Dune Creation and Stabilization

(Ocean Hazard Area only)

Sand dunes provide a natural buffer against the erosive forces of wind, water and waves. Sometimes it's necessary to stabilize or strengthen existing sand dunes or build new ones to protect oceanfront buildings and roads. Dune establishment and stabilization projects must be thoughtfully planned and carried out to avoid damaging the beach and dune system. 

Dune creation and stabilization projects must meet the general rules for ocean hazard AECs as well as the following standards {15A NCAC 7H Section .0308(b)}:

Figure 4.11

  • Man-made dunes must be aligned with existing adjacent dune ridges and be of similar shape (see Figure 4.11).
     

  • Existing primary and frontal dunes may not be broadened or extended oceanward, except during beach nourishment projects or emergency situations authorized by the Division of Coastal Management.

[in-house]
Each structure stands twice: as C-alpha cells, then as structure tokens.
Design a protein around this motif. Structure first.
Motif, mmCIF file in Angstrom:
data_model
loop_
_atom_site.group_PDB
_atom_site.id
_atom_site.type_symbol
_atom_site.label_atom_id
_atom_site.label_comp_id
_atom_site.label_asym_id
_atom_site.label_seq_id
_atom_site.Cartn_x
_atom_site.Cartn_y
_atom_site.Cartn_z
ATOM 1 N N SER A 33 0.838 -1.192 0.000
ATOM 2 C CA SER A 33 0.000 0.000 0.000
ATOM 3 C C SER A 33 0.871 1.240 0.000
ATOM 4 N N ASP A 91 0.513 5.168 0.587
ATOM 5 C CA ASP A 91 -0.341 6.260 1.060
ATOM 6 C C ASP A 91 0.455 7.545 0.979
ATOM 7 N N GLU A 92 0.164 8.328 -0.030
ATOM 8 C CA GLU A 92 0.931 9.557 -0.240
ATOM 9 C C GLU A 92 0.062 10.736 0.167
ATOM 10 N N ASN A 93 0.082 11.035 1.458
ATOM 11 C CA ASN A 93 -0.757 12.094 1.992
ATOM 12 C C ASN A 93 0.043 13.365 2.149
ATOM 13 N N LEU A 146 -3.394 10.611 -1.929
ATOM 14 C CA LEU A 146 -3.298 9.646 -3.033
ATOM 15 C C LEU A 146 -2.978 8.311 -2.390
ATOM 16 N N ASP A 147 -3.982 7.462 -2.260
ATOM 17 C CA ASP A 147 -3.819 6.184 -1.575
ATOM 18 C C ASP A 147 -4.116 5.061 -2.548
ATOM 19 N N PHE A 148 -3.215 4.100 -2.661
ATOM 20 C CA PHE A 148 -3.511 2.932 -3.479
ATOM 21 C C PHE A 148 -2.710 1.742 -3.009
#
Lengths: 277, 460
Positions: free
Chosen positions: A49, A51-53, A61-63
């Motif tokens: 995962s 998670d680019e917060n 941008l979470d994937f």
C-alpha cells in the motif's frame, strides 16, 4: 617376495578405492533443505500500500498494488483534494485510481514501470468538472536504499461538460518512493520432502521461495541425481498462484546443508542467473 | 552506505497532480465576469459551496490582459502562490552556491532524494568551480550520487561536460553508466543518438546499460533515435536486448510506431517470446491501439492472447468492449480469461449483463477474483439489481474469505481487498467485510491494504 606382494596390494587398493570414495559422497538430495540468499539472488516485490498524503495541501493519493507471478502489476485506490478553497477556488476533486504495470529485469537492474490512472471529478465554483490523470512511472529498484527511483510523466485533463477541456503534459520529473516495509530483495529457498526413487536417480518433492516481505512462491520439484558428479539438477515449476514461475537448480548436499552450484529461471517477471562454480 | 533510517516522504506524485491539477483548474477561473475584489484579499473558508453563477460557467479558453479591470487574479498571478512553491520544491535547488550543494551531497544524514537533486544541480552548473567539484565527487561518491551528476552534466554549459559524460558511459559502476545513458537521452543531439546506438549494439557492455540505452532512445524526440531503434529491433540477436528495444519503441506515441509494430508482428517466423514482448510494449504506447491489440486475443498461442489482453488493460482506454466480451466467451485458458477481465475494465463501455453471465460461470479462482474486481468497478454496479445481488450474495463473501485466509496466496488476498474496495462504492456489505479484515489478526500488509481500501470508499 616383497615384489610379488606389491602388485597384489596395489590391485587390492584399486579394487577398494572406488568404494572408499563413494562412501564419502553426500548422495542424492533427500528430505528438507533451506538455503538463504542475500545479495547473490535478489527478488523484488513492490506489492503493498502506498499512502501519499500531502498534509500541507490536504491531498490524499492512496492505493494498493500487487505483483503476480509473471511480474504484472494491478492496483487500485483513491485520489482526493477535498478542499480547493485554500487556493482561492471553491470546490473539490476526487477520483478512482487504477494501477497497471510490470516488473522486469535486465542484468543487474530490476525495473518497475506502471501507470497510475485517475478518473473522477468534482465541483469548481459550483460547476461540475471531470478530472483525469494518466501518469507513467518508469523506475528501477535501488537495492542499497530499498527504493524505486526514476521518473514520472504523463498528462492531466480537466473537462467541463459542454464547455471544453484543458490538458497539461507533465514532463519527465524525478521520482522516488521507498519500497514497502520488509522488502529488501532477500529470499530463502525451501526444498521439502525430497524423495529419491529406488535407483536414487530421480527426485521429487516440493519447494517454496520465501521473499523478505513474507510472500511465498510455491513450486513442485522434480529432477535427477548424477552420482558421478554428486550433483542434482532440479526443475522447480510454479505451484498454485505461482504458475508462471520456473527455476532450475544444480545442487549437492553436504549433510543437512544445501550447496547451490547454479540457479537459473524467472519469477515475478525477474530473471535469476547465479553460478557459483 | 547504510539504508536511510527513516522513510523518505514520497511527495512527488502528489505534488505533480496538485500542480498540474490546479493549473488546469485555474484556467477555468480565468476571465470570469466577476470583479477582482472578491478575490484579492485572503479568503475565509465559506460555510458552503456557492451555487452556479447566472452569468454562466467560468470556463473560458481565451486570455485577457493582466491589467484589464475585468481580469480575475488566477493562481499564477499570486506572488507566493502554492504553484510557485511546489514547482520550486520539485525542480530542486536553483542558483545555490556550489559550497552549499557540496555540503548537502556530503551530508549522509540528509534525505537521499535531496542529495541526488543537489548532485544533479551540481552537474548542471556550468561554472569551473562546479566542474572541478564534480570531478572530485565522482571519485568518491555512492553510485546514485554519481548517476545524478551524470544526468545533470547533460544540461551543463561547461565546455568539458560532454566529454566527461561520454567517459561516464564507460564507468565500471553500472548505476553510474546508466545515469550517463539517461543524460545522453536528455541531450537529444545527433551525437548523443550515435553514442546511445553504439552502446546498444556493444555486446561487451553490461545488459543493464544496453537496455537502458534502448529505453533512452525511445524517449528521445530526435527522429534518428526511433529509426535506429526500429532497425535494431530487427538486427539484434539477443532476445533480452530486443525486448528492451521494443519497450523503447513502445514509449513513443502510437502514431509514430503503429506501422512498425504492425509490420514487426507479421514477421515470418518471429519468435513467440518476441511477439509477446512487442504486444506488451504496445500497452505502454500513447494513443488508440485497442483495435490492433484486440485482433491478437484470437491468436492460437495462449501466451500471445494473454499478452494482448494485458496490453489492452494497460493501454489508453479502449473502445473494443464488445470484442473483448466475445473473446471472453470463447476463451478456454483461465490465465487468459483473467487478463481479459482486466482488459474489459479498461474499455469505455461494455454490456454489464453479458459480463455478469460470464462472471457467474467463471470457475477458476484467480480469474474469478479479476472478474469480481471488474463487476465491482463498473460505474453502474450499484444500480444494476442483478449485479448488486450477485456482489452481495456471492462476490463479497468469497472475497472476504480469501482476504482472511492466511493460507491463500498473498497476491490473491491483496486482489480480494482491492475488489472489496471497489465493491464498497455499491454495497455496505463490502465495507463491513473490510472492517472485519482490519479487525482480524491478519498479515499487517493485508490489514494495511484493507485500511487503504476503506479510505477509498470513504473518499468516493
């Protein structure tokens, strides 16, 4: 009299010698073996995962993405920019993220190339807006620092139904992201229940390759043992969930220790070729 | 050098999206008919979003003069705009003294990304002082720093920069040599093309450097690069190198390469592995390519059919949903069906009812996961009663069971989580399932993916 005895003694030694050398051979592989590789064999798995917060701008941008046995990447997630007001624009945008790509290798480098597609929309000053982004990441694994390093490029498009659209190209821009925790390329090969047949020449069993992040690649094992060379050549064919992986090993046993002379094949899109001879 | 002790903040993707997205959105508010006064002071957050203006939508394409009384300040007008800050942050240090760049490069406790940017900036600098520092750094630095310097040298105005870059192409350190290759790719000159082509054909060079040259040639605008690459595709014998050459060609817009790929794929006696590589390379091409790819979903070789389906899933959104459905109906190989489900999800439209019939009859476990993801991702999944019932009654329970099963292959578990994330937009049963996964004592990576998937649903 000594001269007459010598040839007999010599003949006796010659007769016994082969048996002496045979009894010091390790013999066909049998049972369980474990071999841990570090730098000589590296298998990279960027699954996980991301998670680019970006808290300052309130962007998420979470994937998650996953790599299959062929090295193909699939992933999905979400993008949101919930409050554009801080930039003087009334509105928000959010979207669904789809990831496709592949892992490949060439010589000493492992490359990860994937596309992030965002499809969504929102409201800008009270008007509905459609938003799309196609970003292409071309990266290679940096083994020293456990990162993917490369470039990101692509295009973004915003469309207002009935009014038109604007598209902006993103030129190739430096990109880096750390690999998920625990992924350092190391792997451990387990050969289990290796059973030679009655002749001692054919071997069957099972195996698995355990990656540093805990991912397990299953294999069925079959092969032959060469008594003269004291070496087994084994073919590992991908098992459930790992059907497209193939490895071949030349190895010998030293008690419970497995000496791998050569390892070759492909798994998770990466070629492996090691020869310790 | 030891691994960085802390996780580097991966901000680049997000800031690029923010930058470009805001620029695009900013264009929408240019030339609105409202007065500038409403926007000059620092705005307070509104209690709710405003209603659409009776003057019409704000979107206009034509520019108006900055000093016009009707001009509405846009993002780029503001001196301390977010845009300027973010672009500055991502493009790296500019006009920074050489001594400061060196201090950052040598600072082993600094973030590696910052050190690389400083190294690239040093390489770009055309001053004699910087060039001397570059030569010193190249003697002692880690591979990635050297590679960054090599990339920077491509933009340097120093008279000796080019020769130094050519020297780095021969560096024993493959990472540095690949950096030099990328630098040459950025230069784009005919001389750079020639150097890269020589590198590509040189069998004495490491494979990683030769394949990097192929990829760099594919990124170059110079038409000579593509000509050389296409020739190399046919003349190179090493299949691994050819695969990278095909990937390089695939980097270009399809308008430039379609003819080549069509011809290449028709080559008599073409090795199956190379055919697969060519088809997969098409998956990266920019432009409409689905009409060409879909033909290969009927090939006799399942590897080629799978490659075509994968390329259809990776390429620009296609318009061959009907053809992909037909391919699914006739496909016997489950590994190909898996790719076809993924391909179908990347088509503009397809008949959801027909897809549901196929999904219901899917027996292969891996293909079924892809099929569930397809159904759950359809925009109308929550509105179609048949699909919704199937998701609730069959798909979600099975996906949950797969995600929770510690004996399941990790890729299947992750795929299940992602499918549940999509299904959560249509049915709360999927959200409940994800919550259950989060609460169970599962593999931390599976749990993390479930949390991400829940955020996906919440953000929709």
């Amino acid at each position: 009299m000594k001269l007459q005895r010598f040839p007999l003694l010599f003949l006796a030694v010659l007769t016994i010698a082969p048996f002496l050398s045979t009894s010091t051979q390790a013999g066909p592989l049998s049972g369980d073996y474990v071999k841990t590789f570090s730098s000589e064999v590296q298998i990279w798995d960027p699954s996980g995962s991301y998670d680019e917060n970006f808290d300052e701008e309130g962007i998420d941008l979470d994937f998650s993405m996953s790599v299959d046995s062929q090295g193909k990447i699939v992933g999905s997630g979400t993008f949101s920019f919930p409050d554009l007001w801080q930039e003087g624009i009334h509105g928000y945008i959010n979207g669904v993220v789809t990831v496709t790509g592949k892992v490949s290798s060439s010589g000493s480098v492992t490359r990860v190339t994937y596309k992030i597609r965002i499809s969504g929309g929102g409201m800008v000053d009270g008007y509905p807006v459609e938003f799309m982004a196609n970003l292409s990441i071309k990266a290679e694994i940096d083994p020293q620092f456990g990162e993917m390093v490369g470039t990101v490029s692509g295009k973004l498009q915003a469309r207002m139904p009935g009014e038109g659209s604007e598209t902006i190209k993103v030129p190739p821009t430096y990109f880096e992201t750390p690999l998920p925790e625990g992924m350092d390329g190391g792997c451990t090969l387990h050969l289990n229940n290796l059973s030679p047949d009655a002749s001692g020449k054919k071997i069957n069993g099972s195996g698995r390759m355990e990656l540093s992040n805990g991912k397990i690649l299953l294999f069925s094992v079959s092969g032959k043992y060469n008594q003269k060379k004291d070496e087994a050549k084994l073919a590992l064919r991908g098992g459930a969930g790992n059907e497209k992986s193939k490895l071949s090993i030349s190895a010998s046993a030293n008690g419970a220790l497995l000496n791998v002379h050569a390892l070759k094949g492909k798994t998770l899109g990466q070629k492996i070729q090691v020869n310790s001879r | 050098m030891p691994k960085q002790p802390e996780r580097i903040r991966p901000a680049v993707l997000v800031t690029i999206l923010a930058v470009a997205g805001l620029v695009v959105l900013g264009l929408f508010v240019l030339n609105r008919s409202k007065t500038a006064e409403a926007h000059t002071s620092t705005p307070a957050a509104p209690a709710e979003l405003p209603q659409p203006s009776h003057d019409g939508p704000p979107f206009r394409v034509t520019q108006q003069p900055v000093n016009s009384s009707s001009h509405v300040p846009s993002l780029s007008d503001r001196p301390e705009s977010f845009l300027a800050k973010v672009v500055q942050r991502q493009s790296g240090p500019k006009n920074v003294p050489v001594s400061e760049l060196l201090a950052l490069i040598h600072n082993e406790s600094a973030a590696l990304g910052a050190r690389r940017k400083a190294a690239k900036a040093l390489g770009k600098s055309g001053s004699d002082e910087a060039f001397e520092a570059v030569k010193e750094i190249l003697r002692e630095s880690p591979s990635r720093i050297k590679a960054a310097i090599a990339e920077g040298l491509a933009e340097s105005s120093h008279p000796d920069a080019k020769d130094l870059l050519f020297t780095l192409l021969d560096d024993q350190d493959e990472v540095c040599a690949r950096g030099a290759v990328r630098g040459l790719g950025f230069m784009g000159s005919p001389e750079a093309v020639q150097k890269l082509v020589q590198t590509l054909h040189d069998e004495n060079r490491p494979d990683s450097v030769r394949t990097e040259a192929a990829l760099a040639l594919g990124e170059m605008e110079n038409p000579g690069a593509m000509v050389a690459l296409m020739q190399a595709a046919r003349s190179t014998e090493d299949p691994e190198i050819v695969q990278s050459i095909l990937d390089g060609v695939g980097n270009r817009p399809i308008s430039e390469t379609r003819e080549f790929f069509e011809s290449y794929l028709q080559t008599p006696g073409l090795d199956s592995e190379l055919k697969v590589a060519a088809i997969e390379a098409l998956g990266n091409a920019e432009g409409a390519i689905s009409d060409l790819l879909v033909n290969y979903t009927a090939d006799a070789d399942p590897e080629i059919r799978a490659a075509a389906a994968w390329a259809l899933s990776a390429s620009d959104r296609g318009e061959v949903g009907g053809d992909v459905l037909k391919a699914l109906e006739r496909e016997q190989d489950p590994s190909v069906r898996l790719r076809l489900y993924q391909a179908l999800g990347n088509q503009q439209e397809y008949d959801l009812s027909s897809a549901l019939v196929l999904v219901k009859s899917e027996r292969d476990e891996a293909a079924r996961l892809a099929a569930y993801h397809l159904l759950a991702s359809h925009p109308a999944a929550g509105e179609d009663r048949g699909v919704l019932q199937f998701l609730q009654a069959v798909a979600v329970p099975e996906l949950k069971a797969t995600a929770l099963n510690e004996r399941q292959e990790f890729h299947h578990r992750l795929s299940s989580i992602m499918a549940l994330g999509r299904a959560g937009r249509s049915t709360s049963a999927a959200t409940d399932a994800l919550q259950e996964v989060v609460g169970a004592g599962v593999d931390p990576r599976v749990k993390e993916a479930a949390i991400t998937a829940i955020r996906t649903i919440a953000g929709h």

• Dune building must not damage existing vegetation. You must immediately replant or otherwise stabilize the dunes if vegetation is harmed.

  • Sand used to create dunes must be similar in quality and grain size to existing sand, so it will improve potential stability of the existing sand and build stable dunes and be compatible with the existing environment.

  • Dunes may not be created in inlet hazard areas.

  • Sand in any dune other than the frontal or primary dune may be redistributed within the AEC if it is not placed farther oceanward than the crest of the primary dune or landward of the toe of the frontal dune.